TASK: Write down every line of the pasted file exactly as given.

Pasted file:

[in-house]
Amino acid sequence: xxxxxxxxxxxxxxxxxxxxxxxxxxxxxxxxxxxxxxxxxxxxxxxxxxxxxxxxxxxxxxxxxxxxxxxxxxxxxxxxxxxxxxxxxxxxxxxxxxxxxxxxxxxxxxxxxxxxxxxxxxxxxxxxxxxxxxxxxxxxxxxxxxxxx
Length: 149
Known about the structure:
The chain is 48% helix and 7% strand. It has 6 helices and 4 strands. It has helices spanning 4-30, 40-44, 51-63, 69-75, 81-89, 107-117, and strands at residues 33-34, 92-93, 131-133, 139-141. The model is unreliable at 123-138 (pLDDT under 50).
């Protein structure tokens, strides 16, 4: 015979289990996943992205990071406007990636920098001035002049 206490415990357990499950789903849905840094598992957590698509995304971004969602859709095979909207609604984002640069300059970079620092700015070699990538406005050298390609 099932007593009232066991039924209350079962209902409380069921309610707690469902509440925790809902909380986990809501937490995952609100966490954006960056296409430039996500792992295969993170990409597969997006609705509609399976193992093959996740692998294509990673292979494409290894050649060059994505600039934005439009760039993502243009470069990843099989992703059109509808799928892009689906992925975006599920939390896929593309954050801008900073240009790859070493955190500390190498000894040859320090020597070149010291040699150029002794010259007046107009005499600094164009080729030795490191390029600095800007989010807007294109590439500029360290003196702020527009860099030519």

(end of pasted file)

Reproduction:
[in-house]
Amino acid sequence: xxxxxxxxxxxxxxxxxxxxxxxxxxxxxxxxxxxxxxxxxxxxxxxxxxxxxxxxxxxxxxxxxxxxxxxxxxxxxxxxxxxxxxxxxxxxxxxxxxxxxxxxxxxxxxxxxxxxxxxxxxxxxxxxxxxxxxxxxxxxxxxxxxxxx
Length: 149
Known about the structure:
The chain is 48% helix and 7% strand. It has 6 helices and 4 strands. It has helices spanning 4-30, 40-44, 51-63, 69-75, 81-89, 107-117, and strands at residues 33-34, 92-93, 131-133, 139-141. The model is unreliable at 123-138 (pLDDT under 50).
């Protein structure tokens, strides 16, 4: 015979289990996943992205990071406007990636920098001035002049 206490415990357990499950789903849905840094598992957590698509995304971004969602859709095979909207609604984002640069300059970079620092700015070699990538406005050298390609 099932007593009232066991039924209350079962209902409380069921309610707690469902509440925790809902909380986990809501937490995952609100966490954006960056296409430039996500792992295969993170990409597969997006609705509609399976193992093959996740692998294509990673292979494409290894050649060059994505600039934005439009760039993502243009470069990843099989992703059109509808799928892009689906992925975006599920939390896929593309954050801008900073240009790859070493955190500390190498000894040859320090020597070149010291040699150029002794010259007046107009005499600094164009080729030795490191390029600095800007989010807007294109590439500029360290003196702020527009860099030519």